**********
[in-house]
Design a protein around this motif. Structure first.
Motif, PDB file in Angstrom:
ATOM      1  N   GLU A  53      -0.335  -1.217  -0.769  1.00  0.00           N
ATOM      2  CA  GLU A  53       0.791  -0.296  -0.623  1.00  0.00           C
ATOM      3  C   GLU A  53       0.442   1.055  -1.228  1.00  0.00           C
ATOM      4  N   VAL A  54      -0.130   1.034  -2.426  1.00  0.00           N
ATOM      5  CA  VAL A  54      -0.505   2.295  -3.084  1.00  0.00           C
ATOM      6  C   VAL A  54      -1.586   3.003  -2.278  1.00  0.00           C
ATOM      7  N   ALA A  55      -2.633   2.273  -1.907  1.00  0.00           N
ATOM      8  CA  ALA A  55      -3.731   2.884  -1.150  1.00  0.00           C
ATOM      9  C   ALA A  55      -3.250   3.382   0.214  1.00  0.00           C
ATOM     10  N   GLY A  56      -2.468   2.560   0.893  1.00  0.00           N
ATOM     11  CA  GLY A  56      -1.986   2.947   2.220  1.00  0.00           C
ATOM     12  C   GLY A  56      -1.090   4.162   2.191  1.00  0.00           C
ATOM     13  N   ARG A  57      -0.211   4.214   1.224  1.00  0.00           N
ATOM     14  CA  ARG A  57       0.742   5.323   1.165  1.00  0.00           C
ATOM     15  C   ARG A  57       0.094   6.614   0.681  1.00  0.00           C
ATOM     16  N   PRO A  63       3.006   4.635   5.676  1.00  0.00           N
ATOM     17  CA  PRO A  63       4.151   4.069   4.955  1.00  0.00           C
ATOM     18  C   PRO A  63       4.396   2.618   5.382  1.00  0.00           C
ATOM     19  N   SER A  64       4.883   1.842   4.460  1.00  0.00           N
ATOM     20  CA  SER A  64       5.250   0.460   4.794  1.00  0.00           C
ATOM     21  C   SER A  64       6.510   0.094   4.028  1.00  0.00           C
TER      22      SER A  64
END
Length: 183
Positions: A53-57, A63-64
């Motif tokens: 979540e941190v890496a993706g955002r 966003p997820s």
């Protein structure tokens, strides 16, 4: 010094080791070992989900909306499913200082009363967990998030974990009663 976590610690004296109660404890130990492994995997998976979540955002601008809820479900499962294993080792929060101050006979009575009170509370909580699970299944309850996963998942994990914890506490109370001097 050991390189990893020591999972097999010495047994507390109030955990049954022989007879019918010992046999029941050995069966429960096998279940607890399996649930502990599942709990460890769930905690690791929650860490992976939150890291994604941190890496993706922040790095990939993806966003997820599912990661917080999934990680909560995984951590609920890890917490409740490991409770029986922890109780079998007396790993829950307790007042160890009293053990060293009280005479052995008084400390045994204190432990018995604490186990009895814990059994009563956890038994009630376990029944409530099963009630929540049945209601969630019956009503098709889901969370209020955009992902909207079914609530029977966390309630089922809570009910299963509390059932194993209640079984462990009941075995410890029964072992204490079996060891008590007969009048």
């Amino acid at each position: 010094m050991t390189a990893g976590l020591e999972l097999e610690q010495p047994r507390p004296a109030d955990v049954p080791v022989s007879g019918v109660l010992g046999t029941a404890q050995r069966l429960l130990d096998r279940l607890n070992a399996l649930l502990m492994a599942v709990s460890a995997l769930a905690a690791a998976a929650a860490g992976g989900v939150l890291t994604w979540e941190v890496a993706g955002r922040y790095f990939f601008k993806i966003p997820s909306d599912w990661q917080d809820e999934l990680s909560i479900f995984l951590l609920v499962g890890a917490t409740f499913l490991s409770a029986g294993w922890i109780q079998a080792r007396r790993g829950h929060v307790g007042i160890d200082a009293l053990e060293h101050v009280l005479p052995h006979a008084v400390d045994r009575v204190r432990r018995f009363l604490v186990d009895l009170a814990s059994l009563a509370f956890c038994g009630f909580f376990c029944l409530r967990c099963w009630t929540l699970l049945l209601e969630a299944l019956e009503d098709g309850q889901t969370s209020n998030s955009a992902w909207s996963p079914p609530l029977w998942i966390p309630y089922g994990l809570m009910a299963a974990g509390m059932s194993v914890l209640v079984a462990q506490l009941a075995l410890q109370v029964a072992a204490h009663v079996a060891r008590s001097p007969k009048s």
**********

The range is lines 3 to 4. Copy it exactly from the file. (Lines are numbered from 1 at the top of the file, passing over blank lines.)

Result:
Motif, PDB file in Angstrom:
ATOM      1  N   GLU A  53      -0.335  -1.217  -0.769  1.00  0.00           N